Ayahuasca, the liana of the Soul

Ayahuasca, also known as Yagé or Caapi, is a hallucinogenic drink originating from the Amazon basin, made from the decoction of two plants with complementary active principles: the Banisteriopsis Caapi liana, and the leaves of a shrub of the coffee family, Psychotria Veridis.

Its exact composition as well as its psychoactive principles have remained an enigma for researchers for decades, alternately called telepathine, then banisterine, the alkaloid responsible for the visions that Ayahuasca provides, is today identified under the barbaric name of Dimethyl tryptamine (DMT), a molecule which is similar to serotonin, one of the main neurotransmitters of the human central nervous system, and which, by substituting for it, produces brilliant “hallucinations. However, DMT is inactive when ingested, as it is destroyed during intestinal transfer by the action of an enzyme called monoamine oxidase (MAO).

The Indians have overcome this problem by combining, in their recipes, the leaf of psychotria veridis, rich in DMT, with the Banisteriopsis Caapi liana which contains Harmines and Harmaline, powerful MAO inhibiting principles. The discovery of these enzymes and their inhibitors (MAOIs) in the 1950s allowed Western medicine to develop new classes of antidepressants. The hallucinogenic drink and the liana share the same name: Ayahuasca, liana of the Soul or liana of the dead in the Quechua language, because it is this liana which, according to tradition, lavishes its teachings on the drinker, making visible to his or her eyes a hidden world that is indissociable from the material world, a “parallel space” in which the Ayahuasquero shaman can have a tangible effect on reality, whether it’s a question of healing, finding lost livestock, waging war or other pragmatic goals.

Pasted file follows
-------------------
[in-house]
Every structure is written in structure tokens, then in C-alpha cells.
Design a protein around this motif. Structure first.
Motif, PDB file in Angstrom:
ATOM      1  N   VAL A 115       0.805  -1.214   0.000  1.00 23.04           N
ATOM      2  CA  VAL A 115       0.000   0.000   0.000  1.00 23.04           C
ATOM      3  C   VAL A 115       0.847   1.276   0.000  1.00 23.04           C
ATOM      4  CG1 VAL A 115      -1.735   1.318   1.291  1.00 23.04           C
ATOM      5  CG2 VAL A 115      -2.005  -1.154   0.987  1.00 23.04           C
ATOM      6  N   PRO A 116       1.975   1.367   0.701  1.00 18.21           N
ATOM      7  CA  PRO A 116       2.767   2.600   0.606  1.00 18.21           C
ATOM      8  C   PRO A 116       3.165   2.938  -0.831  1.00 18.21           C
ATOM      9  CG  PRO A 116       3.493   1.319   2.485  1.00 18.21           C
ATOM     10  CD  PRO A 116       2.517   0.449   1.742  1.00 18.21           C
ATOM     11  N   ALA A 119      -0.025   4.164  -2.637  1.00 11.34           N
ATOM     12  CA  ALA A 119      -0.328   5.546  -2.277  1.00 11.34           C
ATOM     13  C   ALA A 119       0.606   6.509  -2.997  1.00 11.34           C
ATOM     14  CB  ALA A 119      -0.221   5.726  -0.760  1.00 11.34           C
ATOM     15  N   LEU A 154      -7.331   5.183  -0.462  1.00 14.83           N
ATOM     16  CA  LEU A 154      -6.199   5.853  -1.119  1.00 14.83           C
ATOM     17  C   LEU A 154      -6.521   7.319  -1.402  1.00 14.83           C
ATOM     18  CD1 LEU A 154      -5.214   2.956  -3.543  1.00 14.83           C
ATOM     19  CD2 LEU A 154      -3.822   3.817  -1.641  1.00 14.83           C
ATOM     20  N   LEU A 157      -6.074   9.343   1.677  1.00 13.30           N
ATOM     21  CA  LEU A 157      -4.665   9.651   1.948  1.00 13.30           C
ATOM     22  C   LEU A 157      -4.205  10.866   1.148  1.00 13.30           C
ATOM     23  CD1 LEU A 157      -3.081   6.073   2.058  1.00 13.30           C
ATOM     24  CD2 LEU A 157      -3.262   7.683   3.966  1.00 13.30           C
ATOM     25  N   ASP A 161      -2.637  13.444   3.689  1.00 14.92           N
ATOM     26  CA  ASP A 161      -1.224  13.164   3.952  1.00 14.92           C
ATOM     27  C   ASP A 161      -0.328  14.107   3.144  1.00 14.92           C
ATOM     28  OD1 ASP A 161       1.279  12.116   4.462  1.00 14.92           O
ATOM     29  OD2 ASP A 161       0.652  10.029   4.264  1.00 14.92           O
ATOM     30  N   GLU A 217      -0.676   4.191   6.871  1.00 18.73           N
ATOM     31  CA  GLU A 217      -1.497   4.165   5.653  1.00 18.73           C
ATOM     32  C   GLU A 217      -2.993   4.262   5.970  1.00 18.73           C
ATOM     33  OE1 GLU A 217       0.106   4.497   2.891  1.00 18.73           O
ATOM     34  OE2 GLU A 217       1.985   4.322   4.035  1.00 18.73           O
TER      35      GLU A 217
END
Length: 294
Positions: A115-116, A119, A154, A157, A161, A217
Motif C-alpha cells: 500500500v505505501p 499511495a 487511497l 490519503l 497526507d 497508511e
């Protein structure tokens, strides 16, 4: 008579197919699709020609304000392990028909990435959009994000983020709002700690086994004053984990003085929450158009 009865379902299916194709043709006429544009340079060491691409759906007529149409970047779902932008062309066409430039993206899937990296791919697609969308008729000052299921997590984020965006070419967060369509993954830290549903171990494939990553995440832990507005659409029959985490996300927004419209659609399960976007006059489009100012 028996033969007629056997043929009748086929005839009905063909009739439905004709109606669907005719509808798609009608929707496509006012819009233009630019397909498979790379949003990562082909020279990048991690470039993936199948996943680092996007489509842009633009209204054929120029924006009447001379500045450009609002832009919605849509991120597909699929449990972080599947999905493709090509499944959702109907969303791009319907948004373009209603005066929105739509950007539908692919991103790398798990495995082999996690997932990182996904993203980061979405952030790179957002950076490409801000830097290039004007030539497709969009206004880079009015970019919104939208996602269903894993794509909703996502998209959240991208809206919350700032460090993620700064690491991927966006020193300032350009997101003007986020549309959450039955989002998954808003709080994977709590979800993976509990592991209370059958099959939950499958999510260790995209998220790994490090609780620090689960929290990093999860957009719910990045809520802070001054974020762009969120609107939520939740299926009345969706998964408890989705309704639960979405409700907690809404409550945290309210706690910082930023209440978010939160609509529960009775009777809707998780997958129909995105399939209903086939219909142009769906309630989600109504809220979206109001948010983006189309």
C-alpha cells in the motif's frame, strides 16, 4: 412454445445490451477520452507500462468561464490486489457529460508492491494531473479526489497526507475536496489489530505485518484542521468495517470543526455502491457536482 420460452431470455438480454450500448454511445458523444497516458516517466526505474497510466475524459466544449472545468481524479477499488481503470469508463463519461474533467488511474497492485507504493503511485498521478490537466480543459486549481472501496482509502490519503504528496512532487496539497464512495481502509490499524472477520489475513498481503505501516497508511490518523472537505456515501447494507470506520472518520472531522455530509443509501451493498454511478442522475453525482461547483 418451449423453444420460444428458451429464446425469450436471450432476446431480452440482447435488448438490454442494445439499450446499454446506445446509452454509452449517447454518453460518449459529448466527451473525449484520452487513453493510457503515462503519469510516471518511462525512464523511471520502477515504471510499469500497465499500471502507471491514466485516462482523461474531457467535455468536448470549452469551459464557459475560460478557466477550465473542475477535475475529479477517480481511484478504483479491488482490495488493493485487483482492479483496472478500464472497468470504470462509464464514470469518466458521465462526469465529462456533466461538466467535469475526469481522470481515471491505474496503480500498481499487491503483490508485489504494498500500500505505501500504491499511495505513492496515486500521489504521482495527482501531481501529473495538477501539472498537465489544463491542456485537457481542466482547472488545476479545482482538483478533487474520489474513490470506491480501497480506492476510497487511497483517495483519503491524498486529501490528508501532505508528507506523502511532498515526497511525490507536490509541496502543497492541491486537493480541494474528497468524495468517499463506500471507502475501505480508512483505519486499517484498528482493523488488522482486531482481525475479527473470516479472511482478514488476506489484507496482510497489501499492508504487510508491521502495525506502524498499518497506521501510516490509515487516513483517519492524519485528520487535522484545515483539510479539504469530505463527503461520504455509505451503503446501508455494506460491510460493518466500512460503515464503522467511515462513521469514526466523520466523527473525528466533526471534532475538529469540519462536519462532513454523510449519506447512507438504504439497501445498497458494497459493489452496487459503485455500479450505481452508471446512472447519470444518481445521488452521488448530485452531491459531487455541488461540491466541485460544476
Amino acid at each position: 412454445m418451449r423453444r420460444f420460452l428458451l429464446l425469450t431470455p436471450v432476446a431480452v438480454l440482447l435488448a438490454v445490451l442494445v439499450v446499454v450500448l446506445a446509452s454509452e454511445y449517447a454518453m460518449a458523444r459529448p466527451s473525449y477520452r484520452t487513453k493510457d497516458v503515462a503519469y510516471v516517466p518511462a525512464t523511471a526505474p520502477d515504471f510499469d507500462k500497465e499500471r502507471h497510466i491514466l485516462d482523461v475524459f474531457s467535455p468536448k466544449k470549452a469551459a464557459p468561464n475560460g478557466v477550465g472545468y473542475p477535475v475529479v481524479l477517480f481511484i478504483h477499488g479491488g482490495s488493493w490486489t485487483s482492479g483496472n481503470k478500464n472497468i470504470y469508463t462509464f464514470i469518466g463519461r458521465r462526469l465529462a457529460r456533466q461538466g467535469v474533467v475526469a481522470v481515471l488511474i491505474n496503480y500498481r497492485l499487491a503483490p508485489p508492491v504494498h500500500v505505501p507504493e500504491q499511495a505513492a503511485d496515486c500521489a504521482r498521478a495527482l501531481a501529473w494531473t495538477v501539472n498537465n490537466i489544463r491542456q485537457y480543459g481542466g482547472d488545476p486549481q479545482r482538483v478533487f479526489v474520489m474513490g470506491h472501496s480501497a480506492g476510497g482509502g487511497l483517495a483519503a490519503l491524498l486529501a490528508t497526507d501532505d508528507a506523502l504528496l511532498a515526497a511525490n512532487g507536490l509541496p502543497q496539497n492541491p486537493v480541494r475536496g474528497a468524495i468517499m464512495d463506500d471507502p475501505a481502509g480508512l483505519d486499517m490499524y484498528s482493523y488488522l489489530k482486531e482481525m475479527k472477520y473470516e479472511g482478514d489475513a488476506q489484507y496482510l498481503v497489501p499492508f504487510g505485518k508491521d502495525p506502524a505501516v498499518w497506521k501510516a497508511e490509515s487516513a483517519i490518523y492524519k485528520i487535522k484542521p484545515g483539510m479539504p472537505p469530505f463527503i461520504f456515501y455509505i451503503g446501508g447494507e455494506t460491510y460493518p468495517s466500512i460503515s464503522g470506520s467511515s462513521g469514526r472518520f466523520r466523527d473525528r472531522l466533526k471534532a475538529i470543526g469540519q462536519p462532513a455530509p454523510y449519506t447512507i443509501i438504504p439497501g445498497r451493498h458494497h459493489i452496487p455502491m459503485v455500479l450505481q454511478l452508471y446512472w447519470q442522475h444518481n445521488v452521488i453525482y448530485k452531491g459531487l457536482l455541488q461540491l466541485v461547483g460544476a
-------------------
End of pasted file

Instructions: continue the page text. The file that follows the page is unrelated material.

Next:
The growing interest of pharmaceutical laboratories and other industrialists in the resources of the Amazon rainforest is leading to a patent war on plants and their uses, from which the people who live there are often excluded. A legal battle was recently waged in the commercial court of Washington, USA, between Amerindian tribes for whom Ayahuasca is a sacred plant, and Mr. Loren Miller, director of a private laboratory, who had registered a patent on the plant and the rights for its exploitation. The representatives of the Amerindians who came to Washington to ask for the withdrawal of the patent, won their case.

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*Ayahuasca means in Quechua: Liane of the dead, or Liane of the soul.

Text & images © Hervé Merliac/Kaleidos-images – All rights reserved